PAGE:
Ever since vaping overtook traditional smoking as the culturally preferred method of inhaling nicotine and marijuana, vaping proponents have vigorously challenged the claims of various health risks associated with e-cigarettes. In particular, critics have noted — and advocates have struggled to defend — the rising victim tally for EVALI, a disease with an acronym that speaks for itself: "e-cigarette or vaping product use-associated lung injury." The challenge, for health experts, has been acquiring precise biochemical information about the effect of vaping on the body.
Now, a new study by Portland State University's Robert Strongin, doctoral student Kaelas Munger, and Robert Jensen reveals that when cannabinoid acetates in marijuana vaping products are heated under vaping conditions, they create a toxic gas called ketene.
In their study, the researchers studied how much ketene was produced from a single puff of vaping products. They focused on certain cannabinoid acetates like the Delta 8 THC acetate, which is not regulated by the FDA and is believed to make the high from vaping more potent. They discovered that ketene is formed at lower temperature settings than previously believed — and that it accumulated at levels dangerous to individual health.
And as Munger explained in a university press statement, people who use these products likely smoke them for more than a single puff.
"The thing we're most concerned about is prolonged exposure — we don't know what that is," Munger explained. "That's why papers like ours are needed. Otherwise people would be exposed to this really toxic substance and it's really impossible to look for the evidence."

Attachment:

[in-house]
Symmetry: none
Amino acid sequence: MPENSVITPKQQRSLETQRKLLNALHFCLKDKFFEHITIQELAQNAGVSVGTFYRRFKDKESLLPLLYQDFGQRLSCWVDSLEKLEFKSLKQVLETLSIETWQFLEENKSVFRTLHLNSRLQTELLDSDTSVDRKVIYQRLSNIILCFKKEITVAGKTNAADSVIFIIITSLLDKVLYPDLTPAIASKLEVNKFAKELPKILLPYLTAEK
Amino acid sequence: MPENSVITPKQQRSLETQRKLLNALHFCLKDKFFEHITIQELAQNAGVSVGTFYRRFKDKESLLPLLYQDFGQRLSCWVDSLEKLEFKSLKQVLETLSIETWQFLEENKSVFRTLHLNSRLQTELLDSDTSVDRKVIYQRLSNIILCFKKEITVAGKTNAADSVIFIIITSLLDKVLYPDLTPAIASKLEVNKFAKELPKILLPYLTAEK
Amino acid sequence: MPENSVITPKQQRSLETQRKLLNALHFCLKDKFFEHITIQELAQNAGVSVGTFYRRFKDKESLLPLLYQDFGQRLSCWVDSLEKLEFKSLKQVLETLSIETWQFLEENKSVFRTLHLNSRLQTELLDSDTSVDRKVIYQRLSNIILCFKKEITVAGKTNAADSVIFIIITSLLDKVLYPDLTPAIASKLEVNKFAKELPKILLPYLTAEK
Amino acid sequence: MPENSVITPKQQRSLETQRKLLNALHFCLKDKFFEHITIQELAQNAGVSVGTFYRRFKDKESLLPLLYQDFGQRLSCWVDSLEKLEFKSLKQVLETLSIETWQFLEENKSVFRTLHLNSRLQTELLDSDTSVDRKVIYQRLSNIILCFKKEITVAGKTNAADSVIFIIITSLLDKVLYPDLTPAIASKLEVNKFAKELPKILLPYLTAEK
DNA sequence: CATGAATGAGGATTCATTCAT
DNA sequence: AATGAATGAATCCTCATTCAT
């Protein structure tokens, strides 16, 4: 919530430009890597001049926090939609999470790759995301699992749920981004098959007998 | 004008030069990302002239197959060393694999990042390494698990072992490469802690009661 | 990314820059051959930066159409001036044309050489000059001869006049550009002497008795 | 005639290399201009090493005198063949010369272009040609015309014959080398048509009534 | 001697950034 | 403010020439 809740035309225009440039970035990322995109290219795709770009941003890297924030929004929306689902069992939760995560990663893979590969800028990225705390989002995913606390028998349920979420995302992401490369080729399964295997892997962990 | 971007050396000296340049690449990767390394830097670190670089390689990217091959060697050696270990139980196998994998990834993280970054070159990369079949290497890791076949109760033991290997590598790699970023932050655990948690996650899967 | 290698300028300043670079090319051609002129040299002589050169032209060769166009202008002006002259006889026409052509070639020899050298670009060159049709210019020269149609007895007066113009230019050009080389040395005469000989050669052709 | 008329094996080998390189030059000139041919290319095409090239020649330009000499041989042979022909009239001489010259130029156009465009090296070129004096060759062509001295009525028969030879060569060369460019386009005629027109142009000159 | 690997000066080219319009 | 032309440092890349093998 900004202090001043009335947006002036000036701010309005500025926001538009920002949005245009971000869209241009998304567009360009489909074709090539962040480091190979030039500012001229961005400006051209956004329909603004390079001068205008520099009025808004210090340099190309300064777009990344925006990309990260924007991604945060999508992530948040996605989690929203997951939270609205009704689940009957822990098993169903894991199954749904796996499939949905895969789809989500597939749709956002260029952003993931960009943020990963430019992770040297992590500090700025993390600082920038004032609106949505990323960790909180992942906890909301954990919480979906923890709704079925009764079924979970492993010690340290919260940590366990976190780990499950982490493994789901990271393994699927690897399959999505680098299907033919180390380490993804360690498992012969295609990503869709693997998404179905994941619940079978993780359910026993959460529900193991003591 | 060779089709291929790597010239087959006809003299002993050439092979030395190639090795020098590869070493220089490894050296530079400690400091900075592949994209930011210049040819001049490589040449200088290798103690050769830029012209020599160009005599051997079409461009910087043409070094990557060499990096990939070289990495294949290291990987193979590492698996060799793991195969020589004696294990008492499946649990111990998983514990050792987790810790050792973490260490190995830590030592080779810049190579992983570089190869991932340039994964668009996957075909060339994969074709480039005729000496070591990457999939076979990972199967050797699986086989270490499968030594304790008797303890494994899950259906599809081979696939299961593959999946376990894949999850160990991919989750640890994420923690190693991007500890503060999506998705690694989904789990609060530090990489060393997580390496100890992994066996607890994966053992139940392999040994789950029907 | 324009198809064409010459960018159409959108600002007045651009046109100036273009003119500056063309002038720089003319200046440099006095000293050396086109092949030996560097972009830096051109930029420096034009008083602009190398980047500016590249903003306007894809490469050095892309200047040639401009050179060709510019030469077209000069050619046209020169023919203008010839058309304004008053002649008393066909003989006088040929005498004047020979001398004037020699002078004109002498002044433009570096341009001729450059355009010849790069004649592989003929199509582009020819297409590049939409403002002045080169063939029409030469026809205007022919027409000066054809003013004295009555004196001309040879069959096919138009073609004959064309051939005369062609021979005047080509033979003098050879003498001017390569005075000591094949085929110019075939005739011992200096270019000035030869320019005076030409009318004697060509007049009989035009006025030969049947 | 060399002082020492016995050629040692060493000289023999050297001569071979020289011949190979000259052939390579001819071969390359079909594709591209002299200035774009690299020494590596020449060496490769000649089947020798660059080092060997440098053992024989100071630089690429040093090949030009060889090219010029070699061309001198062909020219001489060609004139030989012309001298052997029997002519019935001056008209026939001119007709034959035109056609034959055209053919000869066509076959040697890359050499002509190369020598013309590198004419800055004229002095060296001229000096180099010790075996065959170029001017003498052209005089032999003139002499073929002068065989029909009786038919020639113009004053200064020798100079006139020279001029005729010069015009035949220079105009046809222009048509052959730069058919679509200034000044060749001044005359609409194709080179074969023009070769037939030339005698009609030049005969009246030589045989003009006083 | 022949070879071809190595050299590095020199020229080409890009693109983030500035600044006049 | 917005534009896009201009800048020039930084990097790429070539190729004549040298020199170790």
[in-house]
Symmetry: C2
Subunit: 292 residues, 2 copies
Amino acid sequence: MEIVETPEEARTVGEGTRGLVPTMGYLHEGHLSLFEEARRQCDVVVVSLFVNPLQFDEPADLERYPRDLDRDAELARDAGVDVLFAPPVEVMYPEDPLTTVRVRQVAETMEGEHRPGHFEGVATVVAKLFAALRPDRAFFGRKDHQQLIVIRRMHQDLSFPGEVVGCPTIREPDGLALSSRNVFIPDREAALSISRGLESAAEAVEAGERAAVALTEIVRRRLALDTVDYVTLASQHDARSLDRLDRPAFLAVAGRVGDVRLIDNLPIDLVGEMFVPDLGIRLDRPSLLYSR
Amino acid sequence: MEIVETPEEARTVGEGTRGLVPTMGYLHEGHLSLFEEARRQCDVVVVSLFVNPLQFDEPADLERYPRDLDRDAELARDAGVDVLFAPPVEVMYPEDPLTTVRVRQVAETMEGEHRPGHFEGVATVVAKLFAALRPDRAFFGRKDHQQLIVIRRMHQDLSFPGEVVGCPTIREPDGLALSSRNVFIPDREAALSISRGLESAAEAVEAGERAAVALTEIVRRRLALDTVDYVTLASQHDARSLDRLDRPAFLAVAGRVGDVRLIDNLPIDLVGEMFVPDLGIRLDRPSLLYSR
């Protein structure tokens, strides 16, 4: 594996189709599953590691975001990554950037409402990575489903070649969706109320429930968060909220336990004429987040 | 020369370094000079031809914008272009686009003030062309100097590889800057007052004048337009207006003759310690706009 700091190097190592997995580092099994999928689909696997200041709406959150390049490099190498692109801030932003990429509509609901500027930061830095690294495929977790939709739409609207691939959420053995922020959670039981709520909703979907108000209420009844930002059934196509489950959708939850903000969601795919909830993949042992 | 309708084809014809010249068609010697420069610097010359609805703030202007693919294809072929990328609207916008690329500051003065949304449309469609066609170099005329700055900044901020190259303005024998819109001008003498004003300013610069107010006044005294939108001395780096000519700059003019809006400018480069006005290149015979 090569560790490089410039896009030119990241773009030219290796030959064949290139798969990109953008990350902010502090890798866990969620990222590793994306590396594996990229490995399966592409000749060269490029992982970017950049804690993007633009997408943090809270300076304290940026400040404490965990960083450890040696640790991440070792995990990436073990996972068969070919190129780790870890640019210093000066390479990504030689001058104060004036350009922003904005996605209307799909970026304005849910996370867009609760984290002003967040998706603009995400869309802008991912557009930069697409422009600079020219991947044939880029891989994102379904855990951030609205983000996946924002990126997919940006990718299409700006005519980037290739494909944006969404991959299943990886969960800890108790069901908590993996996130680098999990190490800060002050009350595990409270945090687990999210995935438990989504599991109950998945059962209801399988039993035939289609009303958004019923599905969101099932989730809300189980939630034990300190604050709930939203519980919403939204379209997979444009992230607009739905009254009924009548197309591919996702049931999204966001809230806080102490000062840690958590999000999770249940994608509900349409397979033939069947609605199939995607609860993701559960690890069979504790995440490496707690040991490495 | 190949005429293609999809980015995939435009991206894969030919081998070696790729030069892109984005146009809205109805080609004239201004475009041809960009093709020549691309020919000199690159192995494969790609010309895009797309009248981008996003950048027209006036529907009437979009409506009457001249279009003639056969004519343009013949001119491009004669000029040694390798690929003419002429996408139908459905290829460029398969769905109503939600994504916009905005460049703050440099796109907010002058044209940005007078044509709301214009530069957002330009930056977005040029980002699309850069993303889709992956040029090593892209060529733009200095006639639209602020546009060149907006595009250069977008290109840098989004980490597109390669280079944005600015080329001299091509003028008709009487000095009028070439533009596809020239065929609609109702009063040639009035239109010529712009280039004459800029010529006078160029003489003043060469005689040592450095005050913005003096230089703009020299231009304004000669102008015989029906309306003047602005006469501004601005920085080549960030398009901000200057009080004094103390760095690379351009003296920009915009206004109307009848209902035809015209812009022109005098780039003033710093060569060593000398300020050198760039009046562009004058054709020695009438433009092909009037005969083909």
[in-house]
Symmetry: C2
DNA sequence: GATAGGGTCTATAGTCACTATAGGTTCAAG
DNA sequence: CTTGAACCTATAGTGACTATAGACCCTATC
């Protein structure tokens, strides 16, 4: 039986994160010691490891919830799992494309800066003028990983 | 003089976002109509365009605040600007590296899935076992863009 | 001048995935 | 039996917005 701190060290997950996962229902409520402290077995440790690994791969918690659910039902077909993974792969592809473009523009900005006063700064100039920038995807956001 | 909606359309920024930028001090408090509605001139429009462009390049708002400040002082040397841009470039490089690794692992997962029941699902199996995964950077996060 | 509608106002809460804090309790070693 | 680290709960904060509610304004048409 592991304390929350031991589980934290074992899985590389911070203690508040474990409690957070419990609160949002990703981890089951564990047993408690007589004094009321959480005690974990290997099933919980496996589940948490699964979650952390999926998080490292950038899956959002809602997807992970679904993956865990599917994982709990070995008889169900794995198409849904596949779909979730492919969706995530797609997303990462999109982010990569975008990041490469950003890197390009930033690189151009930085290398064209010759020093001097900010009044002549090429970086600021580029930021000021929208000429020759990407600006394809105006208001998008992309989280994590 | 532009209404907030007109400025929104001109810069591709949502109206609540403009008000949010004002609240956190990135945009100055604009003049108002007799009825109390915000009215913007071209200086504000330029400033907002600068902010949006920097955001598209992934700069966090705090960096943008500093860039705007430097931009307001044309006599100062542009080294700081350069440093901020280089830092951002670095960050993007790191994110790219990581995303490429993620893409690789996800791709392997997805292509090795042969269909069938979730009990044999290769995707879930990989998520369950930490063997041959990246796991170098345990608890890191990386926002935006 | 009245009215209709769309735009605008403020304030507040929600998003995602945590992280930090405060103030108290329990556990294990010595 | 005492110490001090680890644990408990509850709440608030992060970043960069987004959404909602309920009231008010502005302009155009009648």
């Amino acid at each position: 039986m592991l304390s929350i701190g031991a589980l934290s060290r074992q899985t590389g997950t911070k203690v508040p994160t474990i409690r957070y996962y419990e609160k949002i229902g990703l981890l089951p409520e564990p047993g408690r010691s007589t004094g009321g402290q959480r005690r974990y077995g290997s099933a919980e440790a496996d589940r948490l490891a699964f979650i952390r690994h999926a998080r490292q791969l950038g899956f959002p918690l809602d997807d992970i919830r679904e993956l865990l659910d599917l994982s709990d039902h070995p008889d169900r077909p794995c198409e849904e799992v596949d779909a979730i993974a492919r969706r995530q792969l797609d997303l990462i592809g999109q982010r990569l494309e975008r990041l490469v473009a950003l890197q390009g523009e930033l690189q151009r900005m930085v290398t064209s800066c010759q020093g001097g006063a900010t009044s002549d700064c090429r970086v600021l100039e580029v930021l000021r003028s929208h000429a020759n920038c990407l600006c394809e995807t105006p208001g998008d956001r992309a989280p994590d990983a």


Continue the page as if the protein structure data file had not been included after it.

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The American Chemical Society describes ketene as "a colorless, toxic gas with a 'penetrating' odor," and a 2020 study from the scientific journal "Proceedings of the National Academy of Sciences of the United States of America" found that ketene "has been reported to cause severe, acute lung damage" when studied in animals. That study laid the groundwork for this one by establishing that vitamin E acetate "reacts when aerosolized with an e-cigarette to produce the highly toxic gas ketene," although the researchers added that "confirmation that [vitamin E acetate]-derived ketene is a causative agent of EVALI must await rigorous clinical investigation."
Although ketene is known to be toxic, it is so dangerous that it is difficult to directly study its effect on the human body.
"There is a current trend towards the chemical modification of legal cannabis products to create semi-synthetic cannabinoids with enhanced properties," Strongin explained to Salon by email. He pointed out that this is not inherently dangerous; some of the resulting products may not actually have elevated health risks.
"However, it would be obvious to any responsible chemist that the modification of cannabinoids to their corresponding acetates for vaping will create molecules with a substructure highly similar to that found in vitamin E acetate," Strongin pointed out. "Vitamin E acetate still remains the strongest suspect causative agent in the EVALI outbreak. Moreover, evidence was reported in 2020 that showed that vitamin E acetate released ketene emissions from a commercial e-cigarette."
Strongin concluded, "Regulators, consumers, and those in the industry interested in harm reduction, need to be made aware, unfortunately, that there are people creating predictably risky products and making them readily available."